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Cutting corners at cost of safety.

Metro platforms were to have screen doors but DMRC can't afford them

A PLATFORM screen door at the Rajiv Chowk Metro station could have averted Friday's incident. A 23-year-old man running on the platform collided with a 22-year-old woman waiting for a train and both tumbled on to the tracks in front of the train. Both are still unconscious in hospital and will have at least one leg amputated.

Platform screen doors are full height, total barriers between the station floor and ceiling, while platform edge doors are full height, but do not reach the ceiling and thus do not create a total barrier.

The Delhi Metro, in fact, are building platform screen doors on the Airport Metro Express Link. The stretch will have a maximum speed of up to 180 km/hr.

"We made provisions for platform screen doors on all the stations but the exorbitant costs came in the way of them being installed. But they may be installed in future," Delhi Metro Rail Corporation (DMRC) spokesperson Anuj Dayal said. "Half steel railings have been put up at busy stations and marshals have been deployed on platforms to ensure that people stand in queue behind the yellow line." Dayal said most Metros worldwide, including the Metro system in Kolkata, don't have screen doors. Contrary to the DMRC's claims, almost all advanced Metro systems in the world use platform screen doors. A cheaper alternative is a half-sealed screen door, being installed at above-ground stations in Singapore.

While this is the first incident of people accidentally falling on the tracks, there have been as many as 30 suicide bids on the Metro tracks till date. Most lives have been saved by the quick reaction of the drivers.

Every time there is a suicide or a suicide bid on the tracks, Metro operations get affected for at least 20 minutes. Even if it is not during peak hours, the services of at least five trains from one side are affected. Each train, on an average, carries 1,500 passengers and if we assume each passenger on board buys a token worth Rs 10 on an average, every suicide or suicide bid costs the DMRC about Rs 1.5 lakh.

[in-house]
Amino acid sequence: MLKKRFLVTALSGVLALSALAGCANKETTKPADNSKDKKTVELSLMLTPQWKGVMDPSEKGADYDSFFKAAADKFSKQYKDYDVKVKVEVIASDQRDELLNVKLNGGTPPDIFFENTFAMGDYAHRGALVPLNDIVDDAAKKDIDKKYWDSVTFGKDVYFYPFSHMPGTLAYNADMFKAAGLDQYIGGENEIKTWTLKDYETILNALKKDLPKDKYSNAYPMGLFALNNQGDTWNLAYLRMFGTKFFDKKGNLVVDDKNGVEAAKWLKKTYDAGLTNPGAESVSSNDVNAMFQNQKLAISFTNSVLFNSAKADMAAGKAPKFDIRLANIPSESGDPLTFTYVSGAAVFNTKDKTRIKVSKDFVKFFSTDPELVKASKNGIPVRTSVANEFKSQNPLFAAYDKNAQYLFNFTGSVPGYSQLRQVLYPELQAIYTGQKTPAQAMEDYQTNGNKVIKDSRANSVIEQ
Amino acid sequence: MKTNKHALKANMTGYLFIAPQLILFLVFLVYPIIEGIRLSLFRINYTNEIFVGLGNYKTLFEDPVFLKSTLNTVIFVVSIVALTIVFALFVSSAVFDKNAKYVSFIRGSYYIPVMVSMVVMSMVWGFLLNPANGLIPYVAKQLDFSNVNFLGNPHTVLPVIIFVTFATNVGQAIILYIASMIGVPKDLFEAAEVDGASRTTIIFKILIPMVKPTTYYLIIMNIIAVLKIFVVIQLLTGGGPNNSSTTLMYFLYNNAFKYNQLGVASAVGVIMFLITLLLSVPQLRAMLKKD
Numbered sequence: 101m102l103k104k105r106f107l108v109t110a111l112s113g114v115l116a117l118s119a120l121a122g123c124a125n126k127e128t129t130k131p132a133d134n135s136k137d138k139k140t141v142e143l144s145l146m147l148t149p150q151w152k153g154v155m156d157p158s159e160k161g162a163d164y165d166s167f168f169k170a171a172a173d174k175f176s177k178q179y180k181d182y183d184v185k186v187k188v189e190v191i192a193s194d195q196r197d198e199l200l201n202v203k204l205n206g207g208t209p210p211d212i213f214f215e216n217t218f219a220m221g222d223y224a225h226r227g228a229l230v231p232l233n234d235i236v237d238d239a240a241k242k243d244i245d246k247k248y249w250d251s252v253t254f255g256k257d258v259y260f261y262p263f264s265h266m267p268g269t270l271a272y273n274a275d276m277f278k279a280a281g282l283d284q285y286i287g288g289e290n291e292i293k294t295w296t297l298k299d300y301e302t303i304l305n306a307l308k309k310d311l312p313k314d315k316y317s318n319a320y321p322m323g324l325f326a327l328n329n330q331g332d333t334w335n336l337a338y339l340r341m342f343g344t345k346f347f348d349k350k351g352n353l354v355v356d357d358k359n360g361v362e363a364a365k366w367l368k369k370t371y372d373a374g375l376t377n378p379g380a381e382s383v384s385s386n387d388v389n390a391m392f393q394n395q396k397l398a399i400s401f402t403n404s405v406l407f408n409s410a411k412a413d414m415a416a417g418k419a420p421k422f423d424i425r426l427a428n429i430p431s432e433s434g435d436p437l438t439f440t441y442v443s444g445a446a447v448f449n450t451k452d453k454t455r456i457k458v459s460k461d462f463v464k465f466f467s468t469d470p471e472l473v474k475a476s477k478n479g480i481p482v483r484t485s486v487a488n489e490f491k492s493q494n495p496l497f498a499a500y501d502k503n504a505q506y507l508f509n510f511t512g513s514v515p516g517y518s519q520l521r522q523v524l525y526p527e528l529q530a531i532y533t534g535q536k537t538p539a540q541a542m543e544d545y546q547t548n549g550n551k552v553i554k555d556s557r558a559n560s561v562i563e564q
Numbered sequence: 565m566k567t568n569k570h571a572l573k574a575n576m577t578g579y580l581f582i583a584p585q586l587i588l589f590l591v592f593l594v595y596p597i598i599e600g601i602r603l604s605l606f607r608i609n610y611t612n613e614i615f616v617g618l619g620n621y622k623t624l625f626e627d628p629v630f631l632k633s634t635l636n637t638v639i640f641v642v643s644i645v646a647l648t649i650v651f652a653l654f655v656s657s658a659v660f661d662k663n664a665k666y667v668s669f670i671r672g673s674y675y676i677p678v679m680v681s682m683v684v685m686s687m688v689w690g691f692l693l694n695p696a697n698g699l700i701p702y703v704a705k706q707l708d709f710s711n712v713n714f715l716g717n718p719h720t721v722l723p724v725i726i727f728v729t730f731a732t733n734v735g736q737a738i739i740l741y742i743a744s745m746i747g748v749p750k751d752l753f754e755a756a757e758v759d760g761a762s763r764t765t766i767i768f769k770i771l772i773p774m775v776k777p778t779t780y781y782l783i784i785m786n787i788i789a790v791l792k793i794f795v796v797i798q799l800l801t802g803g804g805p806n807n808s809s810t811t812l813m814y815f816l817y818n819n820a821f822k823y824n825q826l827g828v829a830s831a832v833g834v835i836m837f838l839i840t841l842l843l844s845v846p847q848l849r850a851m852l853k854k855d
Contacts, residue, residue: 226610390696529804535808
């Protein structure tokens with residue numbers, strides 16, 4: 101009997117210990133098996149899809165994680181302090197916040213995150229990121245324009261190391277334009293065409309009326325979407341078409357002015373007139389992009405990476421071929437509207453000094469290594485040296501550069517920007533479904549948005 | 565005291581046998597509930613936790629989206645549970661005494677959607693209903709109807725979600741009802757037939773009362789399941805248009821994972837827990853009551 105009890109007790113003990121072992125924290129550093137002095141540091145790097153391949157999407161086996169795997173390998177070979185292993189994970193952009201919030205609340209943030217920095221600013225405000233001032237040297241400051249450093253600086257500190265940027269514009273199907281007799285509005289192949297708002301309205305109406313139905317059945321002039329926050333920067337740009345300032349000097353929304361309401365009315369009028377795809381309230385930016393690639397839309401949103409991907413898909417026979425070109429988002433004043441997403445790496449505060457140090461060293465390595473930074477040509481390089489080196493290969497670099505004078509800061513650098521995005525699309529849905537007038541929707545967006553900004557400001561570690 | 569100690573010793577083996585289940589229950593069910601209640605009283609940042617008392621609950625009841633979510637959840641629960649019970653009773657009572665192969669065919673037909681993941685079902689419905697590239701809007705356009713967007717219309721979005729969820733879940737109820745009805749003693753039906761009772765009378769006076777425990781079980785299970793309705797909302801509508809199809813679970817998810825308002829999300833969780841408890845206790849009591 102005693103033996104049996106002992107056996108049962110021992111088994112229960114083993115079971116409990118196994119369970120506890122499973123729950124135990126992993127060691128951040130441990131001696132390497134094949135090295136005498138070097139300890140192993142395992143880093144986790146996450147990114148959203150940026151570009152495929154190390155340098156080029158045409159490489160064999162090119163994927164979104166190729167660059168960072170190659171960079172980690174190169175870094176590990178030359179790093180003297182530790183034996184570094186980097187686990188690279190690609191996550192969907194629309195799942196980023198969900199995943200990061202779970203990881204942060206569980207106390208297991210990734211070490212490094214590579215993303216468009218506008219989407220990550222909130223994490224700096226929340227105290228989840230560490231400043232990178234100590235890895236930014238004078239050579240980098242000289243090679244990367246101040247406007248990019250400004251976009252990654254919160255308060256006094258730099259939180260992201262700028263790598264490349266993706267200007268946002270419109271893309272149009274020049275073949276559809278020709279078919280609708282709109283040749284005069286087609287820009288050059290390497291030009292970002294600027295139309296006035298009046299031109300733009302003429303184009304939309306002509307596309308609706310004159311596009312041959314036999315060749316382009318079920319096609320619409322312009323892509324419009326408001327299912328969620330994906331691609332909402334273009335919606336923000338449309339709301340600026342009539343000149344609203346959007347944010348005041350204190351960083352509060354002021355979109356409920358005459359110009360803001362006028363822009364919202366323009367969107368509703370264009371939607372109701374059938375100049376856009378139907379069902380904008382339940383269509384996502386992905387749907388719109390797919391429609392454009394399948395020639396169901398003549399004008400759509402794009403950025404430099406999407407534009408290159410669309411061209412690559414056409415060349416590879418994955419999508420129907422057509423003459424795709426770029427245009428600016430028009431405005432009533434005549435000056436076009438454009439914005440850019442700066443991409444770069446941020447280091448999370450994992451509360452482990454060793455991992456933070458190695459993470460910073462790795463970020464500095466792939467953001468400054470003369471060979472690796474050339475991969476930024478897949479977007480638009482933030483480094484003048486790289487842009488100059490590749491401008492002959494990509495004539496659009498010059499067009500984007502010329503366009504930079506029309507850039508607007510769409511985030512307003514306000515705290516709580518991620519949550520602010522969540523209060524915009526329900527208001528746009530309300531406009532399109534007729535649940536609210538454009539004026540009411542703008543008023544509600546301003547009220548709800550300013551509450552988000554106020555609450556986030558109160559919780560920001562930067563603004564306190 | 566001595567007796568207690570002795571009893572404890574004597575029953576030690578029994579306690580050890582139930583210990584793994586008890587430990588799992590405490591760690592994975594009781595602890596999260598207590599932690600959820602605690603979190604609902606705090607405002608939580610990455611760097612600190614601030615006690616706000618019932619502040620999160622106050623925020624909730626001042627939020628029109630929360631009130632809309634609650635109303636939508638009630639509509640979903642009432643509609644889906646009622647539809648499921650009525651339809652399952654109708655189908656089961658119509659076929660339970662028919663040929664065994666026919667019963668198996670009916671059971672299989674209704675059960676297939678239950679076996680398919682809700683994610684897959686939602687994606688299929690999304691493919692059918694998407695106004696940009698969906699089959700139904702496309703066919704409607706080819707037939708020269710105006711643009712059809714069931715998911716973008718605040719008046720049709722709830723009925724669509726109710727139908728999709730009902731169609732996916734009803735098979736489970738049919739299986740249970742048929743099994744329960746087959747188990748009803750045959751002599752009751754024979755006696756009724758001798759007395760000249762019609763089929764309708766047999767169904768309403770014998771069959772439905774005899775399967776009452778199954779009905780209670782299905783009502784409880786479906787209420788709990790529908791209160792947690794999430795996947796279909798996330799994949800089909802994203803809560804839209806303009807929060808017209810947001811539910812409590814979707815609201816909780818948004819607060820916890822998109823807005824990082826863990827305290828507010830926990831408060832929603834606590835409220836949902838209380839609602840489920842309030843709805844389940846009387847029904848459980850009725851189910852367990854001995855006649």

" These doors prevent accidental falls off the platform on to the track area, suicide attempts and homicides by pushing. The doors also reduce the risk of accidents, especially from service trains passing through the station at high speed," a Metro expert said.

Platform screen doors can reduce air- conditioning and ventilation costs by isolating the platforms from the train, track, and tunnels. A Metro expert said it has been demonstrated in many cases that savings on the costs of airconditioning alone can cover the cost of the installation of the platform screen doors. There is the potential for costs to be recovered, typically within three to four years.

A train driver can approach a station at a higher speed in confidence, secure in the knowledge that the line ahead is clear.

Access to the tunnels is also restricted and the need for motormen or conductors is eliminated when used in conjunction with Automatic Train Operation, thereby reducing manpower costs, the expert added.

The Metro system in Singapore, as well as other advanced Metro systems in the world are taking giant strides in implementing a safe, clean and comfortable ride for their passengers. The DMRC, on the other hand, is still struggling to complete the proposed stretches before the Commonwealth Games in October.

No wonder the Mass Rapid Transport system, as the Metro is called in Singapore, bagged the " Best Metro in Asia Pacific" award while the DMRC just bagged the " Most Improved Metro" award at the 3rd Metro Awards ceremony in London on March 23.


In Singapore, all underground platforms have screen doors, which are synchronised to open with the doors of the train which stops

A barrier of glass runs the entire length of the platform and helps prevent suicides, enable climate control and prevent unauthorised access to restricted areas

Half- height platform screen doors are being built at all above- ground stations <p>As of now, above- ground stations have open platforms with a wide yellow line drawn 70 cm from each platform edge. Passengers have to stand at a safe distance from arriving trains or face a hefty fine and/ or imprisonment

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Publication:Mail Today (New Delhi, India)
Date:Mar 28, 2010
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